Walking into our neighborhood Post Office, the sight that hit my eyes threw me 30 years into the past.

First of all, this Post Office, located in the back of an antique store, has Mayberry R.F.D. written all over it.  From the note on the old wood and glass door that reads, “Close Me Behind You” to the vintage wooden counter, patrons feel as though they are back in the 1950’s.  Days when the clerk knew you by name and the packages were tied in twine.

I just needed to mail a small package to our niece who is hopefully enjoying her first summer at Kanakuk.  So I did a sly step to the front of the small line and mouthed a quick, “Will this go out today?” as I handed my letter to the clerk. I know that could seem rude, but the stagnant little line consisted of Miss Daisy (as in “Driving”) and Aunt Bea.  Let’s just say, a snail’s pace would be considered fast in their world.  They were confirming and reconfirming the proposed arrival date for their package, so I assumed the parties involved wouldn’t mind my letter slippage.

What caught my eye was Miss Daisy’s outfit.  She wore a fitted white blouse with a floral silk skirt.  The ensemble was capped by her proper slip persistently protruding below her hemline.  Hanging out for all the world to see.  Is that not so like a slip?!

Okay, how long has it been since you’ve seen or thought about a slip.  Please tell me you all remember slips.  I sure do.  Mostly my mom getting on me because I either forgot or chose not to wear the darn thing.  A slip almost always accompanied the dreaded panty hose as required attire.  More than anything a couldn’t stand those hose!

(I’ll never forget years ago, sitting across from my then boss, Marilyn Quayle, on a trip home from a whirlwind of stops.  I noticed her smart summer suit capped off by a cute pair of pumps … and NO HOSE!  The 2nd Lady of the United States with bare legs – and she was the guest of honor/speaker at these events.  Upon my inquiry (yeah, I went there), she replied, “Oh, I don’t wear hose from Memorial Day to Labor Day.  I swore them off years ago.” — I called my mother as soon as I got home.  Liberation!)

So, as I fake ignored Miss Daisy’s obvious wardrobe malfunction, I was struck at the difference between Mom’s and my “discussions” about outfits vs. mine & Speed Police’s.  These days, instead of slips or hose, teen wardrobes offer a few more challenges.  Primarily dealing with modesty.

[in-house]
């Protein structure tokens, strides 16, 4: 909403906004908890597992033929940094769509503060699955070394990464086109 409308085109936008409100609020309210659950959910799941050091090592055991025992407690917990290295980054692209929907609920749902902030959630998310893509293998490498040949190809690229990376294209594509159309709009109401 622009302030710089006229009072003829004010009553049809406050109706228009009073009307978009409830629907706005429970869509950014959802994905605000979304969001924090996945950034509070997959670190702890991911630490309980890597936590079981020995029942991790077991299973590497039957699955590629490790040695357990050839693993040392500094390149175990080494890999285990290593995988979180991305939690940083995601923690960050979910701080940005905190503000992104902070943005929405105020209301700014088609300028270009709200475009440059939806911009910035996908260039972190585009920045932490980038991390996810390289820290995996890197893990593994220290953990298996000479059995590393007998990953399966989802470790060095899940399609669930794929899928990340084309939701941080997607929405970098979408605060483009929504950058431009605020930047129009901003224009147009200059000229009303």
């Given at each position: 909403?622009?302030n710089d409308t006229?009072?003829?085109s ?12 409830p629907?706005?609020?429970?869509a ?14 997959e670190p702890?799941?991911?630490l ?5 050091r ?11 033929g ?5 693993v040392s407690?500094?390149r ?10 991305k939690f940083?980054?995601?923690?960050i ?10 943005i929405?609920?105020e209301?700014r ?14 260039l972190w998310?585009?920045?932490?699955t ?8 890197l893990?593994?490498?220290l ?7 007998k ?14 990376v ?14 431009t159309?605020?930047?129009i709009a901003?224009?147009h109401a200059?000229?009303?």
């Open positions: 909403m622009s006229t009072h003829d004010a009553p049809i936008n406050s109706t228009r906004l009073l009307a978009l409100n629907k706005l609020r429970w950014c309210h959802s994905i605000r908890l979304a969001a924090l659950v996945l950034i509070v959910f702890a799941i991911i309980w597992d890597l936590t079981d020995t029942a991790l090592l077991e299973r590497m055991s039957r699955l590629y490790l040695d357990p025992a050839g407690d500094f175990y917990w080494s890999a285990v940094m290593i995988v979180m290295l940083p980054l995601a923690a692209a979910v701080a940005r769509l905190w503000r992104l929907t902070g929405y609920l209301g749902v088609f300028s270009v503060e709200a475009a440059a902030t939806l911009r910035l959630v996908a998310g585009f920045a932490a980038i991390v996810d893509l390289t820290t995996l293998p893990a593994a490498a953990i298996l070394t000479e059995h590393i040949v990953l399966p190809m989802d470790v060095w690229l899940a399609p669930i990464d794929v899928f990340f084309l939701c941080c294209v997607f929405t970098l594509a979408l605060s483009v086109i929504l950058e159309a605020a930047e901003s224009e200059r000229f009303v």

Shirts are now “dresses”, showing cleavage is expected, mid-drifts are a must and the topper, in my book, bras are “shirts”.  I just don’t get it.  Do we wonder why teen pregnancies are so high?  With R-rated television shows, pole-dancing at neighborhood parties, uncensored talk about sexual activity at younger and younger ages, and so much more … the normalizing of seduction (even non-intentional) is much more prevalent and dangerous than we give it credit.

Like “PG-13” movies (see March entry “PG-13, the Modern Day R”), it really bothers me that when I point out a skirt might be too short, I get an earful of how I don’t trust her.  Either that or the silent treatment.  No matter, my efforts to enlighten and protect get a frigid reception.  But, we’ve got to stick to our guns.

Speed Police and I have an agreement.  A prerequisite to her purchasing an outfit, we both must agree.  This way she doesn’t have a closet of clothes not worn (clothes I would choose), and I can breathe easy as she walks out of the house.  It works for now.

(I love the strategy of our local school.  If a student arrives at school with a trendy, yet inappropriate outfit (shorts too short, shirt too revealing) no trip home to change for you.  They have a box full of lovely attire from which the sassy student can choose “new” clothes to wear for the day.  Think over sized and scarlet letter.  Let’s just say, they won’t be doing it again.)


Next errand stop, Kuby’s.  A wonderful German market just up the way from the Post Office.  Jon had called earlier letting me know we’d have guests for dinner, a pastor and his wife from Peru.   So I ran to pick up fixings for hamburgers, sauteed corn, roasted potatoes and some of our mouth-watering summer fruit…. give them a little taste of Texas.

As I made my way to check out, the cashier voiced concern for me, “You doin’ okay?”

I had a “You talkin’ to me?!” moment, looking back to see if anyone was behind me, then realizing she was in fact talking to me.

“Me?” I ask.

“Yeah, you look wiped.”

“Oh, I guess I’m tired.  …. It’s been a long day.”  It had been a long day.

She glanced at the two kids I had in tow, and knowingly nodded, “I’ve got a couple that keep me going at home, 4 & 6 year old boys.”

She went on to tell me about the tight ship she runs.  Her husband works nights, so they trade taking care of the kids.  She was in the midst of nipping any whining.  The six-year-old has started complaining when he doesn’t want to do something … like clean his room (!)  She went on to inform me that her kids help her with the cooking and do their own laundry (the 4-year-old needs a little help).  “Hey, when they’re grown and I go to their houses, I’m not planning on moving stuff off the couch to sit down!”, she told me.  I’m not kidding!

I didn’t tell her about our in-home-revolution.  Probably because I was a tad embarrassed, wishing I had started years earlier with equipping my kids.  What an inspiration.  I encouraged her to keep it up, holding my “You think it’s hard now, just wait until they’re teenagers” comment to myself.  I think if you start when your kids are young, maybe they won’t know they could live any other way.

So here’s a shout out to Miss Daisy and Kuby Cashier. Thanks for throwing me back to the days when modesty was normal and for solidifying the importance and relevance of our efforts here at the MOAT.  You guys Rock!!

Thanks for walking the road with me.

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